Get the Fundamentals Right for a More Competitive Ontario
03 July 2012
OTTAWA – Ontario can once again be the economic engine of Confederation but only if we get the fundamentals right – and central to this is to modernize the province’s outdated labour laws, Ontario PC MPP Rod Jackson said today.
Jackson made the comments while touring Annidis Health Systems, a biomedical company that undertakes research and develops cutting-edge equipment to improve healthcare delivery. Jackson was joined by a delegation of other Ontario PC MPPs who discussed reining in spending and kick-starting growth to create jobs.
“The world has changed, and our economy has changed with it,” Jackson said. “To help Ontario regain its competitive edge, Tim Hudak and the Ontario PC Caucus recently unveiled Paths to Prosperity: Flexible Labour Markets – the second in a series of PC discussion papers on bold new ideas for creating jobs,” Jackson added.
The paper proposes action in four key areas: giving the individual worker a choice on becoming or remaining a union member; making union leaders more accountable to unionized employees; modernizing tendering rules to open up more government work to private sector competition; and reforming Ontario’s workplace agencies for a more flexible workforce and job creation.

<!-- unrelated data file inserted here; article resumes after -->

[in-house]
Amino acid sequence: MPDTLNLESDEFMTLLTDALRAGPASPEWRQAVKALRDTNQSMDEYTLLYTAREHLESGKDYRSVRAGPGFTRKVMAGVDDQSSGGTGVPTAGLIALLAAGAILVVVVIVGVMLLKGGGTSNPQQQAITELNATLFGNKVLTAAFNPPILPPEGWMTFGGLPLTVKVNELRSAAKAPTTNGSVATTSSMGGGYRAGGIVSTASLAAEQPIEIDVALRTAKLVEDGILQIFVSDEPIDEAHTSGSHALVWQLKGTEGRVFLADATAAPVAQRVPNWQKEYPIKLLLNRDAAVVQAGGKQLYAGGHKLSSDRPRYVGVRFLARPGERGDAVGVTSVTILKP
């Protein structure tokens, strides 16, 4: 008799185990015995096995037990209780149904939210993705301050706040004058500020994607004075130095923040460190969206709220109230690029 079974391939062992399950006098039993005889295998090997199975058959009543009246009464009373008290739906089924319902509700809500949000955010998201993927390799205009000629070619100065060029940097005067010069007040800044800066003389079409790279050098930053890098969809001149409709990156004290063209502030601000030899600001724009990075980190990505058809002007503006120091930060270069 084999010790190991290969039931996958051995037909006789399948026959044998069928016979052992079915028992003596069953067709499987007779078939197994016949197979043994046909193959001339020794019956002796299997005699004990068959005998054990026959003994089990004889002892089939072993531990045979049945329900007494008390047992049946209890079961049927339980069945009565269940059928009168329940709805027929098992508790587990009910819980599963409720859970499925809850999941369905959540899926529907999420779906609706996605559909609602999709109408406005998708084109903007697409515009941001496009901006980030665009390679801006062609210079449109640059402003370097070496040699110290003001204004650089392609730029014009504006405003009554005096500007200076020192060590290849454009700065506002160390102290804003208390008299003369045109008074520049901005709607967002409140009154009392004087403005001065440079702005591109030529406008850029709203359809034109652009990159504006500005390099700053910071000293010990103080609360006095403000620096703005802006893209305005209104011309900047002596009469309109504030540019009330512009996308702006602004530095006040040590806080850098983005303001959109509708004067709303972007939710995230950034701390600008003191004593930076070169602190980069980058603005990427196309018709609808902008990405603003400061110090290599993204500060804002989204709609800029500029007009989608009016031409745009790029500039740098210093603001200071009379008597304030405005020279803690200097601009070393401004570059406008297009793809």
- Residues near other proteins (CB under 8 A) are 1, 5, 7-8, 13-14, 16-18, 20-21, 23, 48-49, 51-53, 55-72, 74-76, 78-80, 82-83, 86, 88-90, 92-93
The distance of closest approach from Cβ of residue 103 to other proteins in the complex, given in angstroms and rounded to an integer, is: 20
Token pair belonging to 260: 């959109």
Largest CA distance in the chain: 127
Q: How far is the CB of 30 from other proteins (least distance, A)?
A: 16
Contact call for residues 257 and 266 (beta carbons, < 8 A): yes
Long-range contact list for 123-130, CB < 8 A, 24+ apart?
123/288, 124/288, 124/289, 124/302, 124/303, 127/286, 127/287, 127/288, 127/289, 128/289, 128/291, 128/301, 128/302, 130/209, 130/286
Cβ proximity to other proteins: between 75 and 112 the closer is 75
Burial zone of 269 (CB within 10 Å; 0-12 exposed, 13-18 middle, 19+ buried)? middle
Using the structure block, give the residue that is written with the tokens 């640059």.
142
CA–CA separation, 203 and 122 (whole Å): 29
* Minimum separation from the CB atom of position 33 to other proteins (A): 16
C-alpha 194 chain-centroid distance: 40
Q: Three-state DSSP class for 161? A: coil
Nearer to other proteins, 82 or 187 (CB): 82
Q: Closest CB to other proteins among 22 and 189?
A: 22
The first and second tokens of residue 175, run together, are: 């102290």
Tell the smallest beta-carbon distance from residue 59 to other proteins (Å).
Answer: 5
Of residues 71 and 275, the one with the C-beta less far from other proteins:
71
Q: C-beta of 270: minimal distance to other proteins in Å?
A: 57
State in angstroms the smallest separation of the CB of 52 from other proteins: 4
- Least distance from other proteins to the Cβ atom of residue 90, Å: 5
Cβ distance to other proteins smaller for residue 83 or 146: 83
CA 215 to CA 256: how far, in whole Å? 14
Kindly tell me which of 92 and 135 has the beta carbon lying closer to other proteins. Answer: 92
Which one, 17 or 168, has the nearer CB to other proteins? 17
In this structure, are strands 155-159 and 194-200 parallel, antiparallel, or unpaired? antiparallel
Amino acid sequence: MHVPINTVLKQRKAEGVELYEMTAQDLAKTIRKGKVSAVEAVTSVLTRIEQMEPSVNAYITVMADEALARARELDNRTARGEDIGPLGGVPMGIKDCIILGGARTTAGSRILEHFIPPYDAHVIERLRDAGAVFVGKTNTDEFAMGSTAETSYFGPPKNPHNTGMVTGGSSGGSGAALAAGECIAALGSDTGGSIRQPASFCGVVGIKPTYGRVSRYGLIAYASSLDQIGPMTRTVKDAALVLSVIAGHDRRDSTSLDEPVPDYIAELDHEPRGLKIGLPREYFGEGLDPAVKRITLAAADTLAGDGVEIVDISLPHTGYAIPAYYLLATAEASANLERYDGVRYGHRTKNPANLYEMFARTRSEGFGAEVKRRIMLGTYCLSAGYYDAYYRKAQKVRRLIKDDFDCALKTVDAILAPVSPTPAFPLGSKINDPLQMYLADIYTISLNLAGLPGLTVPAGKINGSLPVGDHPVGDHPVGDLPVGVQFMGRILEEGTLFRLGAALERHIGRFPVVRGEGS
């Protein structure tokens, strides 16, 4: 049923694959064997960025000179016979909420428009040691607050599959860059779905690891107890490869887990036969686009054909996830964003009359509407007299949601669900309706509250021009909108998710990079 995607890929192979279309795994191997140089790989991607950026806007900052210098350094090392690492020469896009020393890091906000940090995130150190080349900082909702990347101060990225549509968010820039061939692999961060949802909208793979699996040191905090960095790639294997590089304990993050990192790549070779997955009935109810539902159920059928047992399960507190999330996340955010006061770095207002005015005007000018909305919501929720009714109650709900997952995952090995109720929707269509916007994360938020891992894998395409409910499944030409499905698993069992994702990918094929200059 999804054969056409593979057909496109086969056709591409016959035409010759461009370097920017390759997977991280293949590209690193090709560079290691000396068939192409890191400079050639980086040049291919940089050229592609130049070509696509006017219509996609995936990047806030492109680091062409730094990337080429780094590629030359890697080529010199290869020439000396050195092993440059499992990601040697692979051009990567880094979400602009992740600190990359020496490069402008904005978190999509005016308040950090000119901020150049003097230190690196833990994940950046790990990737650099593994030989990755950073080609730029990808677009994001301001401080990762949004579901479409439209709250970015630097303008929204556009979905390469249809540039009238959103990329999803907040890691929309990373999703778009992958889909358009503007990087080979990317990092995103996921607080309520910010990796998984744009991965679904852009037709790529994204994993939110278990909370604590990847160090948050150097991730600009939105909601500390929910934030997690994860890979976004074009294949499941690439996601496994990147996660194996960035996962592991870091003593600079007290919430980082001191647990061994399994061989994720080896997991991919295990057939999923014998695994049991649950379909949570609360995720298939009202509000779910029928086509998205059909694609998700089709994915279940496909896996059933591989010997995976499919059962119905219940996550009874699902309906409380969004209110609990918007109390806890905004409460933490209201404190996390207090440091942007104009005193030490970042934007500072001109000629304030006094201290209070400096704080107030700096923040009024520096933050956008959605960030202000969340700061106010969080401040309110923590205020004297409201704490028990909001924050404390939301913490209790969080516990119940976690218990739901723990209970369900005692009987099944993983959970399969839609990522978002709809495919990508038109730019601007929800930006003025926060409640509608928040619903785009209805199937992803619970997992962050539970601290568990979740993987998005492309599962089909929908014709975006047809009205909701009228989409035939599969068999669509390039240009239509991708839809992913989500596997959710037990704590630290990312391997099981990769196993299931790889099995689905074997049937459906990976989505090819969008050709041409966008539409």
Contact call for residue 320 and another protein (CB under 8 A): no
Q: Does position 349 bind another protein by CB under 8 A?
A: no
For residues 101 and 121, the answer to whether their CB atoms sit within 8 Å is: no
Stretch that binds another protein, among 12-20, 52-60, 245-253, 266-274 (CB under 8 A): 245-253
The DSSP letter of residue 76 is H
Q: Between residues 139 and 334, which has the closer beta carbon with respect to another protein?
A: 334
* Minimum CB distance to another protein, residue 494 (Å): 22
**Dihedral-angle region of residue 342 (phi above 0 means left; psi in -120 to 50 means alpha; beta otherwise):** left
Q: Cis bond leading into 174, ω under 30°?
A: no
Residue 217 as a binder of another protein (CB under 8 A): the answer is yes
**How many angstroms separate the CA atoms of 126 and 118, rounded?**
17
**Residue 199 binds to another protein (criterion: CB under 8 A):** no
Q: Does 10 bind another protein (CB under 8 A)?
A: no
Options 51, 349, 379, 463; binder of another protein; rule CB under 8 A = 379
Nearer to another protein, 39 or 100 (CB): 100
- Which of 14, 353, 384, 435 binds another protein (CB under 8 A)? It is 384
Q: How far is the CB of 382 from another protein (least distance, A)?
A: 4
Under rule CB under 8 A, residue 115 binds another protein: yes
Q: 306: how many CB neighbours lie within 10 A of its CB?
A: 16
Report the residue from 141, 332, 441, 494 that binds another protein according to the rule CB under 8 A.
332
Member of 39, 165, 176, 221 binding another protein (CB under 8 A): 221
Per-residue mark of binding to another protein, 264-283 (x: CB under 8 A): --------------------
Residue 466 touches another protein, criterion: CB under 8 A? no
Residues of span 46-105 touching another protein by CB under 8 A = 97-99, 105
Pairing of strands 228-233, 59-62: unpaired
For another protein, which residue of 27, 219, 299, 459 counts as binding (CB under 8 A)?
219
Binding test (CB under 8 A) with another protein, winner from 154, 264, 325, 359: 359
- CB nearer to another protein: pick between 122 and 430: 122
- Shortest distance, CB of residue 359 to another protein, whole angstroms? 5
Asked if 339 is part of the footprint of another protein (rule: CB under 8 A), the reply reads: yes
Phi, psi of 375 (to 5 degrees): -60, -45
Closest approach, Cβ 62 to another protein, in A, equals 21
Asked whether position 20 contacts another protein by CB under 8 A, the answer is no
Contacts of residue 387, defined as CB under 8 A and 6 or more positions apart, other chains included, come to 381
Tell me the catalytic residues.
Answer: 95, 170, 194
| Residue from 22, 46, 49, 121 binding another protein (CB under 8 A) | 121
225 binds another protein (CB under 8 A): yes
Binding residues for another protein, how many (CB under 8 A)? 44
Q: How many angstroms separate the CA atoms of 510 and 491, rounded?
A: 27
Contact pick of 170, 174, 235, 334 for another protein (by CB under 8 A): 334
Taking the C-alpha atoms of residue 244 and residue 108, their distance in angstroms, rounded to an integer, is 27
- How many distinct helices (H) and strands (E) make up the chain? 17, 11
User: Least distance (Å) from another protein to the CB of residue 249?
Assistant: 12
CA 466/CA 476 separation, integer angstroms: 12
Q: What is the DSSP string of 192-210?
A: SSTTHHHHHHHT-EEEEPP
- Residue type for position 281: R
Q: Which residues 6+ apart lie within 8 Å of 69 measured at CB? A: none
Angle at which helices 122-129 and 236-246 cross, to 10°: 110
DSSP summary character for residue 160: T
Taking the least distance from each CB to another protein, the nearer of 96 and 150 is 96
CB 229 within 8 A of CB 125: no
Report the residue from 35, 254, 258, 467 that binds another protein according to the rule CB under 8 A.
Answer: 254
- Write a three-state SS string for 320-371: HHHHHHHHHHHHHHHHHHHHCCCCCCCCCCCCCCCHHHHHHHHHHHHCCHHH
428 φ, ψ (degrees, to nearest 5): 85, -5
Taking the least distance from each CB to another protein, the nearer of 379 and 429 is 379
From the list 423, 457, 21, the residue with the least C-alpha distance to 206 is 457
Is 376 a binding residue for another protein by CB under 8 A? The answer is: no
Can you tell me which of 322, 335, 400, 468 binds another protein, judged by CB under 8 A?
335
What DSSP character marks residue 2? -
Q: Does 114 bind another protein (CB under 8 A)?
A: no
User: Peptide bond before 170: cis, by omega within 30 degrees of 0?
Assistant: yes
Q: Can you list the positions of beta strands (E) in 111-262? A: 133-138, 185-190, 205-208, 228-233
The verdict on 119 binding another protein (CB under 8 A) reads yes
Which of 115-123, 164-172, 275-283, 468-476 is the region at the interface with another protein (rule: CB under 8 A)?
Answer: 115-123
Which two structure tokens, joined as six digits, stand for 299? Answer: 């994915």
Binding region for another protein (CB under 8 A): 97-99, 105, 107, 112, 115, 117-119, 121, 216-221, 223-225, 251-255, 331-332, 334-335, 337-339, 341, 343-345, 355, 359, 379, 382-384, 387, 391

Carleton-Mississippi Mills MPP Jack MacLaren added “It’s time to get Ontarians back to work. We need a comprehensive integrated plan that updates labour laws and creates the right environment for jobs and growth.”
Other ideas put forward by the Ontario PCs to create jobs and kick-start growth by getting the fundamentals right includes:
- Rein in spending with a mandatory public sector wage freeze and allow businesses and private sector unions to compete for government contracts;
- Reduce the cost of doing business by lowering taxes and treat affordable energy as a cornerstone of economic growth;
- Change the attitude in government by welcoming job creators, not deterring them with regulations and red tape; and
- Create 200,000 jobs in the skilled trades by allowing employers to take on more apprentices. This means more electricians, ironworkers and carpenters.
Jackson concluded “We need a growing economy across Ontario to ensure continued prosperity here in Ottawa and across the region.”